Health Status of Canadians 2016: Report of the Chief Public Health Officer - How are we unhealthy? - Dementia

How are we unhealthy?

Dementia

In 2011, an estimated 340,200 or 2% of Canadians aged 40 years and older were living with a diagnosis of dementia.Footnote 1

Alzheimer's disease is the most common form of dementia, representing 60% to 70% of cases.Footnote 2 Common symptoms include memory problems, problems with routine tasks and language, impaired judgement and changes in mood and personality. Symptoms become more severe as the disease progresses.Footnote 3

Over time, by age, by sex

The number of Canadians living with dementia is expected to double in the next 20 years (see Figure 1)Footnote 1.

Figure 1: Predicted rates of Canadians 40 years and older living with dementia, 2011, 2016, 2021, 2026 and 2031Footnote 1
Figure 1
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Line graph showing the predicted rates of Canadians living with dementia in 2011, 2016, 2021, 2026 and 2031.

  • 2011 = 2000 cases per 100,000 population
  • 2016 = 2200 cases per 100,000 population
  • 2012 = 2400 cases per 100,000 population
  • 2026 = 2700 cases per 100,000 population
  • 2031 = 3100 cases per 100,000 population

Rates of dementia increase at a similar rate for men and women until 80 years of age, after which they increase more quickly for women than men. The average age of the onset of symptoms is 70 years for men and 74 for women.Footnote 1

By income

Data on dementia by income are not available at a national level.

Indigenous populations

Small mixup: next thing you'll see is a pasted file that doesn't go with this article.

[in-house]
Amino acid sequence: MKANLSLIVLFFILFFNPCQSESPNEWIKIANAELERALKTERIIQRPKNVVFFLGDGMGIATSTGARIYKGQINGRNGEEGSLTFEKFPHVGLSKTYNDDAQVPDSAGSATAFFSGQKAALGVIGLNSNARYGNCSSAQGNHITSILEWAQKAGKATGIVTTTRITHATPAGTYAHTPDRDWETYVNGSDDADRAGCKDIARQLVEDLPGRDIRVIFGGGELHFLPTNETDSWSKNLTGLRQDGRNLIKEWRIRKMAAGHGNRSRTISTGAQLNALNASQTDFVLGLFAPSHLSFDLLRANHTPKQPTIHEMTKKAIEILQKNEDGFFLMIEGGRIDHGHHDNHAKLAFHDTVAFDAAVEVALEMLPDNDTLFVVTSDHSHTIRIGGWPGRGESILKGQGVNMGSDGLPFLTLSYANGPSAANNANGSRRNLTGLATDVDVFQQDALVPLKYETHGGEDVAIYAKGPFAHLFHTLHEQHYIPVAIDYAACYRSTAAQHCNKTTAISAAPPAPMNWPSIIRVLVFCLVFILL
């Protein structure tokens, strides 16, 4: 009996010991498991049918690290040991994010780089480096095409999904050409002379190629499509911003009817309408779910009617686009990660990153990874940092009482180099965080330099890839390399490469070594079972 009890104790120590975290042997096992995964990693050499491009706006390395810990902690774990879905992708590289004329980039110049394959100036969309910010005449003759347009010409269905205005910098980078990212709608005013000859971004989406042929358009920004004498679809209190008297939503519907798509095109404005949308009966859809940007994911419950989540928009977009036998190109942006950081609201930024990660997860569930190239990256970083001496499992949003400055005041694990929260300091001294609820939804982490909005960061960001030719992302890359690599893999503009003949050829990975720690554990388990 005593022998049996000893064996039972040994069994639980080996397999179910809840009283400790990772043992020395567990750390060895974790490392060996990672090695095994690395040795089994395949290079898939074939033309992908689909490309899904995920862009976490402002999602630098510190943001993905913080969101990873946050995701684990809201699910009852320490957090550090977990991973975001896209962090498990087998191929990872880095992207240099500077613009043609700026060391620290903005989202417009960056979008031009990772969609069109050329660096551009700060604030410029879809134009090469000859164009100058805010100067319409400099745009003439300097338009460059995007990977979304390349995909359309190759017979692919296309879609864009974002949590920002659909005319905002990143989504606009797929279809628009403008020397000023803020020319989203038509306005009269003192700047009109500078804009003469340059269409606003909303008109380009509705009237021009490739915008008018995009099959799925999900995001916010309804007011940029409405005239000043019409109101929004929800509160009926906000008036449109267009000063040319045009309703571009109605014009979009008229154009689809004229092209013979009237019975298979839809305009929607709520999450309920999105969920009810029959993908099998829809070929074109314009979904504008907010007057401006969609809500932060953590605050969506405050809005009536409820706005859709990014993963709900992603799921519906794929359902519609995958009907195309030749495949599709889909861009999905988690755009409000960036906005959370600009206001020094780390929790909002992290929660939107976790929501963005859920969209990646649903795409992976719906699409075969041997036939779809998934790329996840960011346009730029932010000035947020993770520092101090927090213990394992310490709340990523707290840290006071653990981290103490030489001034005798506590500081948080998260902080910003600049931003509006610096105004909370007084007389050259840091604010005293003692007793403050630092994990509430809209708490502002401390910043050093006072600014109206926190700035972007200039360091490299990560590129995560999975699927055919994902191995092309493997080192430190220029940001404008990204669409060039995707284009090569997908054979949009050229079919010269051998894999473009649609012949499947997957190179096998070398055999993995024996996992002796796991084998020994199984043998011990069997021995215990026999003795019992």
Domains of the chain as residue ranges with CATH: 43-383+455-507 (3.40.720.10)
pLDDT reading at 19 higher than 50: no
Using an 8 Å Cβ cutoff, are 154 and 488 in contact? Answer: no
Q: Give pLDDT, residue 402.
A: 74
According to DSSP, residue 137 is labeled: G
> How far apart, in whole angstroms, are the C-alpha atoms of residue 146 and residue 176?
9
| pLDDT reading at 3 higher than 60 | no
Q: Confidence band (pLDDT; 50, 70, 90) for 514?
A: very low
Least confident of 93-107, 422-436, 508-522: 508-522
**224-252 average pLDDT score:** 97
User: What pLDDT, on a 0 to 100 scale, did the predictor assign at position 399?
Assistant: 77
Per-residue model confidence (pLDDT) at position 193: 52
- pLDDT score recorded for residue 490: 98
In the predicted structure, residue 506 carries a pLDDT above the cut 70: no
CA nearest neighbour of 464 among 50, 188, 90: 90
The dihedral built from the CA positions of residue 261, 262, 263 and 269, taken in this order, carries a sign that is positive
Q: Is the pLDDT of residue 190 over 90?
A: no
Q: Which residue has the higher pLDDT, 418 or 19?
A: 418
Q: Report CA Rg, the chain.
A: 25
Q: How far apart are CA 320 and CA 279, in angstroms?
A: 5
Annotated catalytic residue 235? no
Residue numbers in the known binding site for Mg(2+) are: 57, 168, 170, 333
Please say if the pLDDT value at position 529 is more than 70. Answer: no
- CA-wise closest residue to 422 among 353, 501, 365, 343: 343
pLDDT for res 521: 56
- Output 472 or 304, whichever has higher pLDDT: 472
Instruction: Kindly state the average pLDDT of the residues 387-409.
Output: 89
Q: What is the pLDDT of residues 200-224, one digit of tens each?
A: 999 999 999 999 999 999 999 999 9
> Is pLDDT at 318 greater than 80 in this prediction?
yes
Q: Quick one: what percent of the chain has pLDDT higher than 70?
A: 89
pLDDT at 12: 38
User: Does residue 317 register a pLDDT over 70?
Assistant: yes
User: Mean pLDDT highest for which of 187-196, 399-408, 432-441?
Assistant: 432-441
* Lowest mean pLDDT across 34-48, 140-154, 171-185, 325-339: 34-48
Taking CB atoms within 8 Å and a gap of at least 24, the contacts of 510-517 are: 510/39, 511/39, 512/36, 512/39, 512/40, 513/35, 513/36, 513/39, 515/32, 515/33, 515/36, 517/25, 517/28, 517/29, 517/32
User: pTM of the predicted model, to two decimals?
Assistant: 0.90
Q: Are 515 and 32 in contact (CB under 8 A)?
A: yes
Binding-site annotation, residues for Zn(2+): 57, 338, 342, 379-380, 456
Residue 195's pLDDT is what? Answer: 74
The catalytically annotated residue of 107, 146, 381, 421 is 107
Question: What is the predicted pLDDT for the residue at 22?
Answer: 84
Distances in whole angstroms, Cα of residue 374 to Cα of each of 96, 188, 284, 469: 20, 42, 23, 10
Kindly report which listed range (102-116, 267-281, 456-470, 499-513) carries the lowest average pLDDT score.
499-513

Limited data are available on dementia for Indigenous populations. Research in 2009 has shown that the age-standardized rate of First Nations living with dementia in Alberta was just under 8 per 1,000 population compared to just under 6 per 1,000 population in non-First Nations Albertans.Footnote 4 Dementia also tended to be diagnosed at an earlier age among First Nations than non-First Nations.Footnote 4

International comparison

Globally, there are an estimated 47 million people living with dementia. This number is expected to nearly triple by 2050 to almost 132 million people.Footnote 5 In 2015, Canada had the second lowest rate of dementia among G7 countries at 14 cases per 1000 (see Figure 2)Footnote 6.

Figure 2: Predicted rate of people living with dementia in G7 countries, 2015 and 2035Footnote 6
Figure 2
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Bar chart showing the predicted rate of people living with dementia in G7 countries in 2015 and 2035

2015

  • Canada: 13.8 per 1000 population
  • United States: 12.4 per 1000 population
  • United Kingdom: 17 per 1000 population
  • France: 19.3 per 1000 population
  • Germany: 20.3 per 1000 population
  • Italy: 21.8 per 1000 population
  • Japan: 21 per 1000 population

2035

  • Canada: 22.5 per 1000 population
  • United States: 19.3 per 1000 population
  • United Kingdom: 23.7 per 1000 population
  • France: 27 per 1000 population
  • Germany: 30.9 per 1000 population
  • Italy: 31.4 per 1000 population
  • Japan: 36.6 per 1000 population

Notes to the reader

  • Indigenous populations consist of First Nations, Métis and Inuit.
  • G7 countries include seven of the world's industrialized countries, namely the United States, Japan, Germany, France, the United Kingdom, Italy and Canada, that form an informal discussion group and economic partnership.

For more information on Alzheimer's disease and other dementias, please see:

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